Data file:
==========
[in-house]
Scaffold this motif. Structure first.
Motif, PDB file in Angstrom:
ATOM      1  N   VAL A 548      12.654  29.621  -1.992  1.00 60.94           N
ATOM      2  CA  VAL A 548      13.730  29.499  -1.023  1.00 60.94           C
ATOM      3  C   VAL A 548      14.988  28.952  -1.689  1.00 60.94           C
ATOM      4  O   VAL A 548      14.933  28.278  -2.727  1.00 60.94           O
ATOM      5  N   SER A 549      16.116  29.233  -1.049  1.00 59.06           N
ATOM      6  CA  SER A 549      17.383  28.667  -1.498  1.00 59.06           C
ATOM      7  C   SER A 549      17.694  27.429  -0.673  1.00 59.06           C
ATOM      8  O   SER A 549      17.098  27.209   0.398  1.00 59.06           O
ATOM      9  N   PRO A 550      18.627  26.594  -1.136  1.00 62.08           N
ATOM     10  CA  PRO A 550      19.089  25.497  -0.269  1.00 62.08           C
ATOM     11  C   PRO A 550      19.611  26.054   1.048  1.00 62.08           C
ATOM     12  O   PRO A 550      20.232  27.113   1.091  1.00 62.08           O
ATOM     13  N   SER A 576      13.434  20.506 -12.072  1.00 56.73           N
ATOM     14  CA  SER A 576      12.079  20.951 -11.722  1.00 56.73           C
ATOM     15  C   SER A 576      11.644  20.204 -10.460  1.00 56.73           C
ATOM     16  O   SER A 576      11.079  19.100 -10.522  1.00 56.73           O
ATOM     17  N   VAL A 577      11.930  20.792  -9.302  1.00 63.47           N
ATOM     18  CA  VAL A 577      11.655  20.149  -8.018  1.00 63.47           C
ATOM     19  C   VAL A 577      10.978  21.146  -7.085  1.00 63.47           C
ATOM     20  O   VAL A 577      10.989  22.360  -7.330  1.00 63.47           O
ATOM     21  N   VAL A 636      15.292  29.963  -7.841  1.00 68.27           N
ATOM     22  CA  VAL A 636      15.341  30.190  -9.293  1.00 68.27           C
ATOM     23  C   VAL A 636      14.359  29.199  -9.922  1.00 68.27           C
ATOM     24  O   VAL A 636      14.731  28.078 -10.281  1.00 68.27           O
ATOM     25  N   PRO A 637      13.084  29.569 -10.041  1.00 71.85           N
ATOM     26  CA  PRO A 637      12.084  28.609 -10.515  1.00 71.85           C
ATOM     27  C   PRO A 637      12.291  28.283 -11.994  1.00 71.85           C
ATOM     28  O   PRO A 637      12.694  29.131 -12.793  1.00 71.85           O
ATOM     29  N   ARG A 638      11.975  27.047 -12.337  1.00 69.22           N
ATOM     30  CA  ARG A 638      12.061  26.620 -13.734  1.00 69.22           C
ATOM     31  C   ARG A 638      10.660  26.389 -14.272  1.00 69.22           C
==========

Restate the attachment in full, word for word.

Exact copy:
[in-house]
Scaffold this motif. Structure first.
Motif, PDB file in Angstrom:
ATOM      1  N   VAL A 548      12.654  29.621  -1.992  1.00 60.94           N
ATOM      2  CA  VAL A 548      13.730  29.499  -1.023  1.00 60.94           C
ATOM      3  C   VAL A 548      14.988  28.952  -1.689  1.00 60.94           C
ATOM      4  O   VAL A 548      14.933  28.278  -2.727  1.00 60.94           O
ATOM      5  N   SER A 549      16.116  29.233  -1.049  1.00 59.06           N
ATOM      6  CA  SER A 549      17.383  28.667  -1.498  1.00 59.06           C
ATOM      7  C   SER A 549      17.694  27.429  -0.673  1.00 59.06           C
ATOM      8  O   SER A 549      17.098  27.209   0.398  1.00 59.06           O
ATOM      9  N   PRO A 550      18.627  26.594  -1.136  1.00 62.08           N
ATOM     10  CA  PRO A 550      19.089  25.497  -0.269  1.00 62.08           C
ATOM     11  C   PRO A 550      19.611  26.054   1.048  1.00 62.08           C
ATOM     12  O   PRO A 550      20.232  27.113   1.091  1.00 62.08           O
ATOM     13  N   SER A 576      13.434  20.506 -12.072  1.00 56.73           N
ATOM     14  CA  SER A 576      12.079  20.951 -11.722  1.00 56.73           C
ATOM     15  C   SER A 576      11.644  20.204 -10.460  1.00 56.73           C
ATOM     16  O   SER A 576      11.079  19.100 -10.522  1.00 56.73           O
ATOM     17  N   VAL A 577      11.930  20.792  -9.302  1.00 63.47           N
ATOM     18  CA  VAL A 577      11.655  20.149  -8.018  1.00 63.47           C
ATOM     19  C   VAL A 577      10.978  21.146  -7.085  1.00 63.47           C
ATOM     20  O   VAL A 577      10.989  22.360  -7.330  1.00 63.47           O
ATOM     21  N   VAL A 636      15.292  29.963  -7.841  1.00 68.27           N
ATOM     22  CA  VAL A 636      15.341  30.190  -9.293  1.00 68.27           C
ATOM     23  C   VAL A 636      14.359  29.199  -9.922  1.00 68.27           C
ATOM     24  O   VAL A 636      14.731  28.078 -10.281  1.00 68.27           O
ATOM     25  N   PRO A 637      13.084  29.569 -10.041  1.00 71.85           N
ATOM     26  CA  PRO A 637      12.084  28.609 -10.515  1.00 71.85           C
ATOM     27  C   PRO A 637      12.291  28.283 -11.994  1.00 71.85           C
ATOM     28  O   PRO A 637      12.694  29.131 -12.793  1.00 71.85           O
ATOM     29  N   ARG A 638      11.975  27.047 -12.337  1.00 69.22           N
ATOM     30  CA  ARG A 638      12.061  26.620 -13.734  1.00 69.22           C
ATOM     31  C   ARG A 638      10.660  26.389 -14.272  1.00 69.22           C